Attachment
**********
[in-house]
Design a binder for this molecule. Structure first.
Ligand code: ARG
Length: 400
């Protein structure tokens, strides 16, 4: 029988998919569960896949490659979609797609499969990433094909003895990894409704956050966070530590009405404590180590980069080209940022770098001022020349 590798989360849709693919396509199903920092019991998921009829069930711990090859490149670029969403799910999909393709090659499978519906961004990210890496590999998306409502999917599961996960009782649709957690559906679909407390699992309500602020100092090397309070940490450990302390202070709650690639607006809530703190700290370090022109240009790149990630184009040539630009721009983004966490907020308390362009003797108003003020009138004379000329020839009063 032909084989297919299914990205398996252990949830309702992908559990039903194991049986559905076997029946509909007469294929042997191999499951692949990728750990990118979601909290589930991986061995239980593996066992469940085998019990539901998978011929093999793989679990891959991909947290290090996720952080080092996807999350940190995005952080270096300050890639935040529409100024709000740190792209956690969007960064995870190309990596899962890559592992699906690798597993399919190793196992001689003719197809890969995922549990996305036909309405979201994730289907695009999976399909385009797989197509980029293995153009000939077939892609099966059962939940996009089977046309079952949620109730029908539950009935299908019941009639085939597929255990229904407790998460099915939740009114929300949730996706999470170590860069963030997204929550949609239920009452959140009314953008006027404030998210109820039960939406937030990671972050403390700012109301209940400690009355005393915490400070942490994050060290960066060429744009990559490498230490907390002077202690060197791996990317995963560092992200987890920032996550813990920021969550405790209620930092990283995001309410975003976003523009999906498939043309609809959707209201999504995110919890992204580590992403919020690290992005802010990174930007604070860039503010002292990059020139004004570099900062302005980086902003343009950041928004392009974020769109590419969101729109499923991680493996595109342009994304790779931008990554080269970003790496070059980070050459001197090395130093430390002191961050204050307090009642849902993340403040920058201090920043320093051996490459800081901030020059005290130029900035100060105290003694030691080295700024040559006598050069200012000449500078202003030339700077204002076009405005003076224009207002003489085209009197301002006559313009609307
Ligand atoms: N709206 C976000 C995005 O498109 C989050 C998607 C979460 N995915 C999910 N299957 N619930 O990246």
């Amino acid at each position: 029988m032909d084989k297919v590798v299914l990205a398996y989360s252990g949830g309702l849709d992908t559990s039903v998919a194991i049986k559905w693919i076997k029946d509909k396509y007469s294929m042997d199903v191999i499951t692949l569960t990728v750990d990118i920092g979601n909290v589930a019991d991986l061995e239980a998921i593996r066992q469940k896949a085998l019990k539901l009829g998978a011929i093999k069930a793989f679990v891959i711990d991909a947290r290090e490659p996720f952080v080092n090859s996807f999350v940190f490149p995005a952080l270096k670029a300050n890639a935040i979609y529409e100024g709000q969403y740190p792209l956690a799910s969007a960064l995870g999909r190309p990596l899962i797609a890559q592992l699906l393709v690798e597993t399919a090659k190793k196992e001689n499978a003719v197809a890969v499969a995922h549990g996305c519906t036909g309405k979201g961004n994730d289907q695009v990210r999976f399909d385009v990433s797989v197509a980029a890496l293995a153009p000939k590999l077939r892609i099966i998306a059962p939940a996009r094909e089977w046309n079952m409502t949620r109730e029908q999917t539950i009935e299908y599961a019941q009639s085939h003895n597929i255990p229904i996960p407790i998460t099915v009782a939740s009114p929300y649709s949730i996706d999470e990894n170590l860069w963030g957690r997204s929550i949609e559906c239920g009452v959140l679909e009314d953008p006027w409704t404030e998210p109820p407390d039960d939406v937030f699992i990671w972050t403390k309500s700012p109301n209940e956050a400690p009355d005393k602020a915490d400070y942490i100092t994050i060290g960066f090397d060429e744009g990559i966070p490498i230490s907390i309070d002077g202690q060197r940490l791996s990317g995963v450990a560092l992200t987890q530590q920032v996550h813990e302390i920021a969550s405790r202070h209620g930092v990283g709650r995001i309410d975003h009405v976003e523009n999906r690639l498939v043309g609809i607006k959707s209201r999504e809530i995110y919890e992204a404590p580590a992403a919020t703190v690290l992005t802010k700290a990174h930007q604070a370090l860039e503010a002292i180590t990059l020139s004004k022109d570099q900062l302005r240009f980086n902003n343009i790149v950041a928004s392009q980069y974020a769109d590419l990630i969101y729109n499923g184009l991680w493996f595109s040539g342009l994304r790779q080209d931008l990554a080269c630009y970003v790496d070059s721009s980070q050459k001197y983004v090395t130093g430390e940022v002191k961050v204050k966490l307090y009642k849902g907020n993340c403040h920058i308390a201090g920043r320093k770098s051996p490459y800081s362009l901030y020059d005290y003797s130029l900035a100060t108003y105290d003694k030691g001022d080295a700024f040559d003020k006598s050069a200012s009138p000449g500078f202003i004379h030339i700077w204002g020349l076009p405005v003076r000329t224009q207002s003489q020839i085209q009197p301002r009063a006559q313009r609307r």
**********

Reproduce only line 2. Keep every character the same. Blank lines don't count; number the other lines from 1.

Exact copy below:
Design a binder for this molecule. Structure first.